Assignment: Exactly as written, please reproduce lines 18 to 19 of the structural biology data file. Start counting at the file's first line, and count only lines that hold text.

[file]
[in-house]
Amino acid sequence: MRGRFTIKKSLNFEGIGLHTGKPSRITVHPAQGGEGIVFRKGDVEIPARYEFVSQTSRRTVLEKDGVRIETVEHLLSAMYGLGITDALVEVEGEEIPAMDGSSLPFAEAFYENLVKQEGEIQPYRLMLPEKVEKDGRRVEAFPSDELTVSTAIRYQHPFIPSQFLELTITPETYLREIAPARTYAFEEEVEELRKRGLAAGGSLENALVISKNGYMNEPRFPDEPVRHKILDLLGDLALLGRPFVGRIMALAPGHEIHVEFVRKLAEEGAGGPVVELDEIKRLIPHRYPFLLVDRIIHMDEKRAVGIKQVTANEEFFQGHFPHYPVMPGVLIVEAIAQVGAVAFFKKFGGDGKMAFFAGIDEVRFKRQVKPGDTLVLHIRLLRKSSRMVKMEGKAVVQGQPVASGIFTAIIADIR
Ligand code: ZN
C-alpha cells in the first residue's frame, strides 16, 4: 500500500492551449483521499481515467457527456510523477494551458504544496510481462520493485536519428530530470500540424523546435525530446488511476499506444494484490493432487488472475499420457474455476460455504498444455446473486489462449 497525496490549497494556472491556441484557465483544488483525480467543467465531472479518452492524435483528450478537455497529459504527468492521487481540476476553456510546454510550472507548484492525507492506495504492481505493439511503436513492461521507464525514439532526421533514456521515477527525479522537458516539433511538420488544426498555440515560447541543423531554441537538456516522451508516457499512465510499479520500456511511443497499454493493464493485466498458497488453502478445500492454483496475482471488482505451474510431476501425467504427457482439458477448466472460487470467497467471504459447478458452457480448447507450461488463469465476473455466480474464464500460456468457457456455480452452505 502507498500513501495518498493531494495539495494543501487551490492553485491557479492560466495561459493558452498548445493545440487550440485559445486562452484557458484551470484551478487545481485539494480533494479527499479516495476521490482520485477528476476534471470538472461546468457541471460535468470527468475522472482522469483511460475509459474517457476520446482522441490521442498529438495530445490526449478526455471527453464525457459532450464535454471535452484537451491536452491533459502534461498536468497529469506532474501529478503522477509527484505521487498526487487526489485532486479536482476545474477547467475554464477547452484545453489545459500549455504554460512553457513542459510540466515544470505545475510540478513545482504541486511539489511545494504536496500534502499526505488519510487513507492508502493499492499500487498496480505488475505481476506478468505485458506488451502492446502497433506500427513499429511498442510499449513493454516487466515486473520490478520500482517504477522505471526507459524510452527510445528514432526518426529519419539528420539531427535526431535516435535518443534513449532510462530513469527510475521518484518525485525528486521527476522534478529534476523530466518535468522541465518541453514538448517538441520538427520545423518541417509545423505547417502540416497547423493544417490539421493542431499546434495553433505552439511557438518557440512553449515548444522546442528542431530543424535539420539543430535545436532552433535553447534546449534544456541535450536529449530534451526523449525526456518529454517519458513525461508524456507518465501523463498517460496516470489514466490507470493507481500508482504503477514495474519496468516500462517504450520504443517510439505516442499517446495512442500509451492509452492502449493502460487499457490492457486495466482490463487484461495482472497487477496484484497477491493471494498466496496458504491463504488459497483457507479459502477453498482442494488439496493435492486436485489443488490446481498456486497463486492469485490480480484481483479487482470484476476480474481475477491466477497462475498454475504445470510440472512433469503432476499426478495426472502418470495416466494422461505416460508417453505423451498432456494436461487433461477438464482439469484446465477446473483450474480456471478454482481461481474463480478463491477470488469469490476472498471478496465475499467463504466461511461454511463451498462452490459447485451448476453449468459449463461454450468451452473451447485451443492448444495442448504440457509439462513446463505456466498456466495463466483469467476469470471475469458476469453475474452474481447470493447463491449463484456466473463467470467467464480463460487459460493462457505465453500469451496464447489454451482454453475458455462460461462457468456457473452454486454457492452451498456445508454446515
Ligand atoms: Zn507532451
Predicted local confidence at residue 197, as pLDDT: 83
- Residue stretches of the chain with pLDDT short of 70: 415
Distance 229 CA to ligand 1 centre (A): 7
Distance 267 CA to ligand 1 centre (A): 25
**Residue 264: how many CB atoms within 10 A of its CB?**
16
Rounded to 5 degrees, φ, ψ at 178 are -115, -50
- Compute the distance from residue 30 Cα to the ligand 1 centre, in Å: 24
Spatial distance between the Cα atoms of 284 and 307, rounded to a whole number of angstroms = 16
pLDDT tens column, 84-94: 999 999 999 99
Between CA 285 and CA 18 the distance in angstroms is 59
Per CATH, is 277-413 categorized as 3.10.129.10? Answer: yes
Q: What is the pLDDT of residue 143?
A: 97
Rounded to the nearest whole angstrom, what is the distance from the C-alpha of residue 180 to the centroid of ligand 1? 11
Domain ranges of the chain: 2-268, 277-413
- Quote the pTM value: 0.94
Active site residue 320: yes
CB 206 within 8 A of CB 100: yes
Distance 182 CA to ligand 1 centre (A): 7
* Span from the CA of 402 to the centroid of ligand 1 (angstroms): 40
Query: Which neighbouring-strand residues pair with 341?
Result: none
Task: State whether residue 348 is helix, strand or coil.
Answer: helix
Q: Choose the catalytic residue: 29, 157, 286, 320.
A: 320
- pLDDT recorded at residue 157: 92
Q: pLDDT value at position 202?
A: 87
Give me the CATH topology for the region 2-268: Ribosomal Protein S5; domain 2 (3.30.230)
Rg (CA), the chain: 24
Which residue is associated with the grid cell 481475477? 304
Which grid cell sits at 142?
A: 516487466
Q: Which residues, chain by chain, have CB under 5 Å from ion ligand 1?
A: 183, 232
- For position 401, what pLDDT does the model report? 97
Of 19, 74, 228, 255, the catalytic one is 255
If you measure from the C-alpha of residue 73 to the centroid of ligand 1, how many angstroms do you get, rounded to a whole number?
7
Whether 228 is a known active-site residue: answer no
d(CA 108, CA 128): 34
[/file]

Q: What is the pLDDT of residue 143?
A: 97